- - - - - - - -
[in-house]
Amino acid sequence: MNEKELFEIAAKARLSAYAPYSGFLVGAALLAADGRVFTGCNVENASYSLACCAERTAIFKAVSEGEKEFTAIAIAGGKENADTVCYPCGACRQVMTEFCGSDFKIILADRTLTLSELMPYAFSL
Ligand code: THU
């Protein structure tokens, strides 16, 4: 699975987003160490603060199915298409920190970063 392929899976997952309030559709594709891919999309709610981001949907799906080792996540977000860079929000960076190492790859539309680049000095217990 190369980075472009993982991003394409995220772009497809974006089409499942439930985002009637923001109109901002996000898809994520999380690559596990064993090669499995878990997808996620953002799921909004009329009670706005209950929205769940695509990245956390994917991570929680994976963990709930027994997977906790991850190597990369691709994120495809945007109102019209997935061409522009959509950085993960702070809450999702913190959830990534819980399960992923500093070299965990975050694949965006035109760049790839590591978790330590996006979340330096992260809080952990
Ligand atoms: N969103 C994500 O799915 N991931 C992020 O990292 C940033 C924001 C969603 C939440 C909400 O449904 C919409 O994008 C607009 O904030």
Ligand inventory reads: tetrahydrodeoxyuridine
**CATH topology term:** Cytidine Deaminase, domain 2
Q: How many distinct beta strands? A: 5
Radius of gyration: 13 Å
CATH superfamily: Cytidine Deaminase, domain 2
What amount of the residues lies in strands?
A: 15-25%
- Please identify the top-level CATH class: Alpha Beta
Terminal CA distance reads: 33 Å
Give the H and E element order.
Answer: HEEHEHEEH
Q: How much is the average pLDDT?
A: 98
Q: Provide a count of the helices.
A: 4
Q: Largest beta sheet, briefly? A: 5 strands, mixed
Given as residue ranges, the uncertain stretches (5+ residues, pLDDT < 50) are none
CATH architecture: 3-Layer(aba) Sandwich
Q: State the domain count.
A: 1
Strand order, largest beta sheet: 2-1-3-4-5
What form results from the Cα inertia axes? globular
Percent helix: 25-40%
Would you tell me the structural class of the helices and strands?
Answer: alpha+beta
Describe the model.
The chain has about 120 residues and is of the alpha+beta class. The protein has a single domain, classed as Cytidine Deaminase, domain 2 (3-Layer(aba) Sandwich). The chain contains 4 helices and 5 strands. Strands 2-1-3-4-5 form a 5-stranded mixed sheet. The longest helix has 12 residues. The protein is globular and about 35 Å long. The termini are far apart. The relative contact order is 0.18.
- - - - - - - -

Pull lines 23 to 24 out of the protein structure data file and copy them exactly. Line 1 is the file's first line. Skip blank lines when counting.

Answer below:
CATH architecture: 3-Layer(aba) Sandwich
Q: State the domain count.